following paragraph (2), by inserting ``, except where the 
     act constituting the violation of paragraph (1) is 
     advertising,'' after ``knowing, or''.
       (3) Conforming amendments.--Section 1591(b) of title 18, 
     United States Code, as amended by this Act, is further 
     amended--
       (A) in paragraph (1), by inserting ``advertised,'' after 
     ``obtained,''; and
       (B) in paragraph (2), by inserting ``advertised,'' after 
     ``obtained,''.

     SEC. 119. EDUCATION AND OUTREACH TO TRAFFICKING SURVIVORS.

       The Attorney General shall make available, on the website 
     of the Office of Juvenile Justice and Delinquency Prevention, 
     a database for trafficking victim advocates, crisis hotline 
     personnel, foster parents, law enforcement personnel, and 
     crime survivors that contains information on--
       (1) counseling and hotline resources;
       (2) housing resources;
       (3) legal assistance; and
       (4) other services for trafficking survivors.

     SEC. 120. EXPANDED STATUTE OF LIMITATIONS FOR CIVIL ACTIONS 
                   BY CHILD TRAFFICKING SURVIVORS.

       Section 1595(c) of title 18, United States Code, is amended 
     by striking ``not later than 10 years after the cause of 
     action arose.'' and inserting ``not later than the later of--
       ``(1) 10 years after the cause of action arose; or
       ``(2) 10 years after the victim reaches 18 years of age, if 
     the victim was a minor at the time of the alleged offense.''.

     SEC. 121. GAO STUDY AND REPORT.

       (a) Study.--The Comptroller General of the United States 
     shall conduct a study on each program or initiative 
     authorized under this Act and the following statutes and 
     evaluate whether any program or initiative is duplicative:
       (1) Trafficking Victims Protection Reauthorization Act of 
     2005 (Public Law 109-164; 119 Stat. 3558).
       (2) Trafficking Victims Protection Act of 2000 (22 U.S.C.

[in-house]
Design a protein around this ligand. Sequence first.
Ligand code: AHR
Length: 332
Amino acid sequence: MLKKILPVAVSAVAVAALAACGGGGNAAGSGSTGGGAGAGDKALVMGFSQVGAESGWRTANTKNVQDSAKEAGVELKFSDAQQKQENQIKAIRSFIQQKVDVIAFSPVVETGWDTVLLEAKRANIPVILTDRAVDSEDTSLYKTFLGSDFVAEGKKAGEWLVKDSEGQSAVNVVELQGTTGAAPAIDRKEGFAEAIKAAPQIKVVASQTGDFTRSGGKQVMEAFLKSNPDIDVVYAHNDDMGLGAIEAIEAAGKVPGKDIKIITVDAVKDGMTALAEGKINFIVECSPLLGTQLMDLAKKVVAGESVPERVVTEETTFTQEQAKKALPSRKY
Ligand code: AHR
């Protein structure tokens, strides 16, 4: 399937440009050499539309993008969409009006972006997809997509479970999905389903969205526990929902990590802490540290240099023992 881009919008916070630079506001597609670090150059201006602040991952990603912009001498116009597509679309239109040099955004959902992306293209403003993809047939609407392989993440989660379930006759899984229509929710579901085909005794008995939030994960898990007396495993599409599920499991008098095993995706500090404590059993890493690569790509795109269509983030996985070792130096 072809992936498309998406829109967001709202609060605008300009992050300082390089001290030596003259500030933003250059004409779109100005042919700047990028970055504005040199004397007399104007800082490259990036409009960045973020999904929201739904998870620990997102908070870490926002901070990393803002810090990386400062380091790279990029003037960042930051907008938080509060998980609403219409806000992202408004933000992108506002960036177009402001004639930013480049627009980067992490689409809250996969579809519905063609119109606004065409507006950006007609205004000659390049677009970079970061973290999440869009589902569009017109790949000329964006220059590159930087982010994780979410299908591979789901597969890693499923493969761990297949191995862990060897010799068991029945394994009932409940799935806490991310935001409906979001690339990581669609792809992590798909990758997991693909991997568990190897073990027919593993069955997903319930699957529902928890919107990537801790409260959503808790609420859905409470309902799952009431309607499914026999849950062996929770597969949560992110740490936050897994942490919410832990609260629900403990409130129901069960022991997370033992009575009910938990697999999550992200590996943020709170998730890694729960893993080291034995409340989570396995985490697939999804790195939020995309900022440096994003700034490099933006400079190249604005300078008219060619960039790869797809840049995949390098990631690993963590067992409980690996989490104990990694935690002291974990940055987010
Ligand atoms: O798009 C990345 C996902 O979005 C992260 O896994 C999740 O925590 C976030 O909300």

7101 et seq.).
       (3) Victims of Child Abuse Act of 1990 (42 U.S.C. 13001 et 
     seq.).

[[Page S2344]]

       (4) Runaway and Homeless Youth Act (42 U.S.C. 5701 et 
     seq.).
       (5) Missing Children's Assistance Act (42 U.S.C. 5771 et 
     seq.).
       (b) Report.--Not later than 180 days after the date of 
     enactment of this Act, the Comptroller General of the United 
     States shall submit to the Committee on the Judiciary of the 
     Senate and the Committee on the Judiciary of the House of 
     Representatives a report on the study conducted under 
     subsection (a), which shall include--
       (1) a description of the cost of any duplicative program or 
     initiative studied under subsection (a); and
       (2) recommendations on how to achieve cost savings with 
     respect to each duplicative program or initiative studied 
     under subsection (a).

                 TITLE II--COMBATING HUMAN TRAFFICKING

  Subtitle A--Enhancing Services for Runaway and Homeless Victims of 
                           Youth Trafficking

     SEC. 201. AMENDMENTS TO THE RUNAWAY AND HOMELESS YOUTH ACT.

       The Runaway and Homeless Youth Act (42 U.S.C. 5701 et seq.) 
     is amended--
       (1) in section 343(b)(5) (42 U.S.C. 5714-23(b)(5))--
       (A) in subparagraph (A) by inserting ``, severe forms of 
     trafficking in persons (as defined in section 103(9) of the 
     Trafficking Victims Protection Act of 2000 (22 U.S.C. 
     7102(9))), and sex trafficking (as defined in section 103(10) 
     of such Act (22 U.S.C. 7102(10)))'' before the semicolon at 
     the end;
       (B) in subparagraph (B) by inserting ``, severe forms of 
     trafficking in persons (as defined in section 103(9) of the 
     Trafficking Victims Protection Act of 2000 (22 U.S.C. 
     7102(9))), or sex trafficking (as defined in section 103(10) 
     of such Act (22 U.S.C. 7102(10)))'' after ``assault''; and
       (C) in subparagraph (C) by inserting ``, including such 
     youth who are victims of trafficking (as defined in section